Being Uganda....and being me....I was late, but not without reason of course! The jam out of Kampala was horendous as usual, so I didn't make it up to their house until about 12:00. As I walked up to the house I was flooded with all these memories (of being scared shitless, mostly) in this place 17 months ago. I was greeted by the father of the family Hannington - who had sat with me nightly as we ate dinner together, staring at eachother between bites while the rest of the family ate on the floor in the adjacent room, then given me language lessons as I hurriedly tried to copy down new words and spell them somehow correctly. He had just as big of a smile as I remembered and shook my hand endlessly as he tried quizzing me on all the lengthy greeting we had practiced over and over (i stumbled....but got through it). The rest of the family was gathered around the kitchen about 10 feet behind the house. Hannington led me inside and pointed to "my customary seat" and told me to sit. Here we were again - staring at eachother, with a world of customs, traditions, cultures, languages, seperating us. Luckily he is a fairly good english speaker, so aside from the quizzes (which continued throughout the day) we caught eachother up on the last 17 months of our lives. (I think its time for a picture...this is a - very typical - ugandan family pictures. That's Hannington on the left and Mama Serwanga on the right)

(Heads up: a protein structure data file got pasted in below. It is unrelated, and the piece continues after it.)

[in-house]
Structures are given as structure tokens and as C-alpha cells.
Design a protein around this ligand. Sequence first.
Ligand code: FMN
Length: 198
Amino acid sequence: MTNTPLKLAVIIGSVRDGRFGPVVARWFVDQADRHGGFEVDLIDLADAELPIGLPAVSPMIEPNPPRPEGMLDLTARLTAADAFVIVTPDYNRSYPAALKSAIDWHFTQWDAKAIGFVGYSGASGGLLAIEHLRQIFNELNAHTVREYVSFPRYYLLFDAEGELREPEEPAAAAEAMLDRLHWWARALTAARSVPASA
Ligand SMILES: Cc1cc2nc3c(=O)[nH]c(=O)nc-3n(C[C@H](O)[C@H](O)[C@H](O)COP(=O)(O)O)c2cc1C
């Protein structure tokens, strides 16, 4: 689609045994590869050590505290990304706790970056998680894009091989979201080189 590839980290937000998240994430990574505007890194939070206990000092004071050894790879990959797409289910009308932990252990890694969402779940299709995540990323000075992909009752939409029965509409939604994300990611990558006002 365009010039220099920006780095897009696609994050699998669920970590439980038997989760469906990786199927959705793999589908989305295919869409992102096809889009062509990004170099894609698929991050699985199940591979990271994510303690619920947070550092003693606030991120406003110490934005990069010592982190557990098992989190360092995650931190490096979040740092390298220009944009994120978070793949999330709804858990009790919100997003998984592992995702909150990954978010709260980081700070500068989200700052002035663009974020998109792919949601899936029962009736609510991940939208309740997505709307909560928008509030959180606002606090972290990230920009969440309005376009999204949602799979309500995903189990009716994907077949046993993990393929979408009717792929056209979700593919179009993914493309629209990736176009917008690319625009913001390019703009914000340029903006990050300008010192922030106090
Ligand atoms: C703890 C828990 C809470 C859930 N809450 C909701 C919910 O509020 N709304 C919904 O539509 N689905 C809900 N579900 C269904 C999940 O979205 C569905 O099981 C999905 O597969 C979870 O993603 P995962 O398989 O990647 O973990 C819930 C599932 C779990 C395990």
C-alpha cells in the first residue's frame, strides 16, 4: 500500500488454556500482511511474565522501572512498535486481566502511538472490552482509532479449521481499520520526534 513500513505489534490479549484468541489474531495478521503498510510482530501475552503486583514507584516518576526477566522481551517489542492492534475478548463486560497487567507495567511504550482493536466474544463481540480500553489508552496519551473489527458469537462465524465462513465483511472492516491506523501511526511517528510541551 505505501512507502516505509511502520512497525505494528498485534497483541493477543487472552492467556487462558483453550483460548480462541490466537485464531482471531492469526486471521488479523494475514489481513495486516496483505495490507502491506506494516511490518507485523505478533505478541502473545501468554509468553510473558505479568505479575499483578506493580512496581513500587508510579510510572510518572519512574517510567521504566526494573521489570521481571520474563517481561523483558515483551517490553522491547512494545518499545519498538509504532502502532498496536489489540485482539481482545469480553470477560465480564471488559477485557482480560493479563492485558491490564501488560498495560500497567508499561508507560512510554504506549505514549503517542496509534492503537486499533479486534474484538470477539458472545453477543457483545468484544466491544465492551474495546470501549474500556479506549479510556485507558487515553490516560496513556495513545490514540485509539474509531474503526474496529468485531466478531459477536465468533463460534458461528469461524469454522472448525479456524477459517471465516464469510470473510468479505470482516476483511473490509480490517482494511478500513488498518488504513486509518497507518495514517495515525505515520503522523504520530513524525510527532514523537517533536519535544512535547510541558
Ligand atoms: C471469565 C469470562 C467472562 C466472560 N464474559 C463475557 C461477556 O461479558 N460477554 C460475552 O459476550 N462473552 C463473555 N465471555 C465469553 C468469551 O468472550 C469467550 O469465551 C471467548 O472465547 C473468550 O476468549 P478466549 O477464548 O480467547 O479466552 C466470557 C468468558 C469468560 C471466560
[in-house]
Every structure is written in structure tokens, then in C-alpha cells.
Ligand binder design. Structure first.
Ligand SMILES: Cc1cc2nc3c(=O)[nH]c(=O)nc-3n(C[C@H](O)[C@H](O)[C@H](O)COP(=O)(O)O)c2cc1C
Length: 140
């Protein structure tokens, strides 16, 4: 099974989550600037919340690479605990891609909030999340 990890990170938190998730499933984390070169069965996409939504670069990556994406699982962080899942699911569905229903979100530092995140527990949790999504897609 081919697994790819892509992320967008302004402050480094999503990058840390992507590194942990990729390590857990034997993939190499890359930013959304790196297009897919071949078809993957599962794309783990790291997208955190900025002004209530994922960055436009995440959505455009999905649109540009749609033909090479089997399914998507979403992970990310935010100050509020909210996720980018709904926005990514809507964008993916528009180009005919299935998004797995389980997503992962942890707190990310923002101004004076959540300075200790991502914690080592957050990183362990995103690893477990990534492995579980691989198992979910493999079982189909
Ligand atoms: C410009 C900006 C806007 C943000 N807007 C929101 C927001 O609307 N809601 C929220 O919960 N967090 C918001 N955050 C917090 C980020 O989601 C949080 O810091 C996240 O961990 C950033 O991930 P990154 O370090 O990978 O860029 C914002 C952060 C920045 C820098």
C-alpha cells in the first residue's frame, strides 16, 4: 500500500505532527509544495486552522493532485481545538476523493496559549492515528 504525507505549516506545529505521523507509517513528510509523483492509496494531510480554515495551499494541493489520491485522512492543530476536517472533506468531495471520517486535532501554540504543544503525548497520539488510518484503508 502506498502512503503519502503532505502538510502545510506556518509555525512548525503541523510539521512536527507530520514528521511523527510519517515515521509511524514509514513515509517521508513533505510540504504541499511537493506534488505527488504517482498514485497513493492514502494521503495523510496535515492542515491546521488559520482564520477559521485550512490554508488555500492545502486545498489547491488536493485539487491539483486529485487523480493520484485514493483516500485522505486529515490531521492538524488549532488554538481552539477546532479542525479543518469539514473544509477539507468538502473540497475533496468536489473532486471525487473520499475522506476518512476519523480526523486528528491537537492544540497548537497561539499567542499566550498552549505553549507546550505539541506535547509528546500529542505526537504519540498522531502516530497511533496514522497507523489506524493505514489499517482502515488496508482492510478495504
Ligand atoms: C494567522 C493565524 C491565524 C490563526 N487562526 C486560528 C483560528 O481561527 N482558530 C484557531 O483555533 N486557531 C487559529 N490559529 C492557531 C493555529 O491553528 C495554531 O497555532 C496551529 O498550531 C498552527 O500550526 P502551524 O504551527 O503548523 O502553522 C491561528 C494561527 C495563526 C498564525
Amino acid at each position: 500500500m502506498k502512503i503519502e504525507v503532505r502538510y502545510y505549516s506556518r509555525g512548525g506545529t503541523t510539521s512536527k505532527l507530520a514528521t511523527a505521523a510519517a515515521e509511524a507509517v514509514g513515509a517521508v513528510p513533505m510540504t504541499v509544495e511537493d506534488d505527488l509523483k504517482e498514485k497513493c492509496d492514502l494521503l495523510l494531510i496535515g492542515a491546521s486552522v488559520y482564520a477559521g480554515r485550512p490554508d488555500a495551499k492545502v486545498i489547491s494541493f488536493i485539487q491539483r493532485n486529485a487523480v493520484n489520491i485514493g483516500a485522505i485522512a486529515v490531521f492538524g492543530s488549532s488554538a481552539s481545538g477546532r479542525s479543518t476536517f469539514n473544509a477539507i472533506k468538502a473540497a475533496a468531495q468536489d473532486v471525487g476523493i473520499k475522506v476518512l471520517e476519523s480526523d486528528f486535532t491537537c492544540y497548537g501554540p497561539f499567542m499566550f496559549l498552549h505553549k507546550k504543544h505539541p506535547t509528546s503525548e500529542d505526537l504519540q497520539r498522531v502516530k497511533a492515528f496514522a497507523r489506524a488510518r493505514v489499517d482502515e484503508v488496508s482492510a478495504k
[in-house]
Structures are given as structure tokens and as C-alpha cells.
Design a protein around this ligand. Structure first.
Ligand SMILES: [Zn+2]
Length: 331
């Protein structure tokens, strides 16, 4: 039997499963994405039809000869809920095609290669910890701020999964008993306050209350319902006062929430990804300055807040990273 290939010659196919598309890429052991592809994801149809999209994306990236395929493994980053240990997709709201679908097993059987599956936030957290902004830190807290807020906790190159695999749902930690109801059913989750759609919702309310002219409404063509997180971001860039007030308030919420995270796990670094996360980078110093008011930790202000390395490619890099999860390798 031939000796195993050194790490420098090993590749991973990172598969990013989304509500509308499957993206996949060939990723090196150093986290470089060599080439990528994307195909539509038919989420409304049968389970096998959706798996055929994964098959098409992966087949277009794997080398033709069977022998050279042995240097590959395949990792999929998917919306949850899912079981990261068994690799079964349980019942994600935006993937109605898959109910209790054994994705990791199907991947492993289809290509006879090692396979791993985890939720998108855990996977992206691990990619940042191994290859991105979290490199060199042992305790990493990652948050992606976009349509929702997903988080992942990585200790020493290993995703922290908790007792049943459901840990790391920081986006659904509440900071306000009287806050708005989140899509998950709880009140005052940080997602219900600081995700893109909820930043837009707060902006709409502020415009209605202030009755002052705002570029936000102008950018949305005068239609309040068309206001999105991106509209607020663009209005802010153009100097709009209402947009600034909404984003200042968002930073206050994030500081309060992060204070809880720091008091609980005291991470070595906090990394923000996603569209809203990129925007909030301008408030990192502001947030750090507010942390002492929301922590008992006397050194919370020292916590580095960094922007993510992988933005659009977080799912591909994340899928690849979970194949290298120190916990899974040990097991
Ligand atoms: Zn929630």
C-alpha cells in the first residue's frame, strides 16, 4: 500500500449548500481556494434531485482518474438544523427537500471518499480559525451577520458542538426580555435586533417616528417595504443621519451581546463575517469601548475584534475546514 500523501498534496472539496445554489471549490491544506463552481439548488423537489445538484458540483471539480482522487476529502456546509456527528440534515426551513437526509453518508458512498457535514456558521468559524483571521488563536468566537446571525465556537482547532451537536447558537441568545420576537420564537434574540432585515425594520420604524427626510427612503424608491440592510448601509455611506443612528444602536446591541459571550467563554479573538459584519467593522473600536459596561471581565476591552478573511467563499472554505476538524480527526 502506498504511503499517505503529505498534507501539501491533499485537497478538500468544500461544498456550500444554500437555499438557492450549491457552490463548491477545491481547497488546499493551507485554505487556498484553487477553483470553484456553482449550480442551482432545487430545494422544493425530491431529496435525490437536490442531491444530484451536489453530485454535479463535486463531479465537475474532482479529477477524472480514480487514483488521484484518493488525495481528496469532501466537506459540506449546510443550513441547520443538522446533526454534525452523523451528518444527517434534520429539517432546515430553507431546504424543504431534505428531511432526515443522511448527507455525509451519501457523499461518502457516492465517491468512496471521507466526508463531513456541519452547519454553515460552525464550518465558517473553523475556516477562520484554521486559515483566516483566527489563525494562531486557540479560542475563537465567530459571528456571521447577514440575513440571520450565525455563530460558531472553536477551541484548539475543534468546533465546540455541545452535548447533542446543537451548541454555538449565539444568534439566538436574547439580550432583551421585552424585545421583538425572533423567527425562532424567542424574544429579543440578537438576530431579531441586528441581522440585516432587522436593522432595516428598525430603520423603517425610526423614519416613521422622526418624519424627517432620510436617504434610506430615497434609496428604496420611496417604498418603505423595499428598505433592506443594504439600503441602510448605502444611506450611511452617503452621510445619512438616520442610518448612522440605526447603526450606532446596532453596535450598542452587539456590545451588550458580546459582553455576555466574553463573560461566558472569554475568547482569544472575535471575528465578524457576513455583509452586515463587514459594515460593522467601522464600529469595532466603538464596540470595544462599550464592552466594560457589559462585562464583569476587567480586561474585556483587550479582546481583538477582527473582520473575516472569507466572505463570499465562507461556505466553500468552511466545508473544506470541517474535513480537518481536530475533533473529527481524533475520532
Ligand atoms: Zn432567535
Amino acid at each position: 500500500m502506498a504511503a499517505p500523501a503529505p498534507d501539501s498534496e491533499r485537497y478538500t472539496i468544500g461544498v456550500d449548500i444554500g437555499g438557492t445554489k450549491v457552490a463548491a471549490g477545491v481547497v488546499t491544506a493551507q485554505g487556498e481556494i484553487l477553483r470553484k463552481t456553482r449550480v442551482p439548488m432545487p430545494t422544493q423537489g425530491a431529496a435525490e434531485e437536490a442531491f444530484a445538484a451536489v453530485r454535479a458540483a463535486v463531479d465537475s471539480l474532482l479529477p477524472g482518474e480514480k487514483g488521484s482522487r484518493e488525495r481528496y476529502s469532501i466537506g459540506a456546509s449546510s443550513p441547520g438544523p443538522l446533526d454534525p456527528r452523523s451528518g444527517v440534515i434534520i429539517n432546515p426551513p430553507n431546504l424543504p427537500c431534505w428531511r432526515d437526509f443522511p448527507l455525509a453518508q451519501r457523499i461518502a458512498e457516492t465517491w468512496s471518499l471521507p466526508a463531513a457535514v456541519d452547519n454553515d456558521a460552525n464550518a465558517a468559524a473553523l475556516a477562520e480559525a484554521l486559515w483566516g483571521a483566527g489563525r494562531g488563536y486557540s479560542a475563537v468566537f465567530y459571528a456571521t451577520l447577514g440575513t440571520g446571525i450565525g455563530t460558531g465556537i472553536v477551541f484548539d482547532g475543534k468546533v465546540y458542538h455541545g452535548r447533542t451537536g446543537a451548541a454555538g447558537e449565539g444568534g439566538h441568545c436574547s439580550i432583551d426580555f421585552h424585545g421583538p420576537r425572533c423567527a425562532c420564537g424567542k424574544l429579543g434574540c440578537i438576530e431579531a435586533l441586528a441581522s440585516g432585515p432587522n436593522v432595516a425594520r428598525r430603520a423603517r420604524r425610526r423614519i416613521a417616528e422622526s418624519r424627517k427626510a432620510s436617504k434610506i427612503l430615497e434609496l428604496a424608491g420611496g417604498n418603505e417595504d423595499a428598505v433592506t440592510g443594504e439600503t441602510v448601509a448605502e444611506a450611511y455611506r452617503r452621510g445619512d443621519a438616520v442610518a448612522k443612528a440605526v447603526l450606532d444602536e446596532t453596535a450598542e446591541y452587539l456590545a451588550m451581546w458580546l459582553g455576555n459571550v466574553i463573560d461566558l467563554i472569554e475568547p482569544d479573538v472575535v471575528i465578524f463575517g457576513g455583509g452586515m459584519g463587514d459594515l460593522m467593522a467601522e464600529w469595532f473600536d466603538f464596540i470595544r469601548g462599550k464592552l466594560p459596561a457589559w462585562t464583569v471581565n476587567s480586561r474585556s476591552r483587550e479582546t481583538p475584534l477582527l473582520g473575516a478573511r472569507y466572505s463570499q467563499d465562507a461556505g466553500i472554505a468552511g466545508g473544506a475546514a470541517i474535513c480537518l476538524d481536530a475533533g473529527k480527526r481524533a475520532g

As we continued catching up Mama came in with the first round of our (HUGE) lunch...boiled irish potatoes. Mama speaks absolutely no english....but it doesn't take a fluent person to understand what she was saying to me as she hugged me and nearly pulled me over "somethingsomethingsomethingsomething Eriki somethingsomething something something Eriki!!!" I get the feeling she didn't expect to ever see me again...and was extremely happy that this was not the case.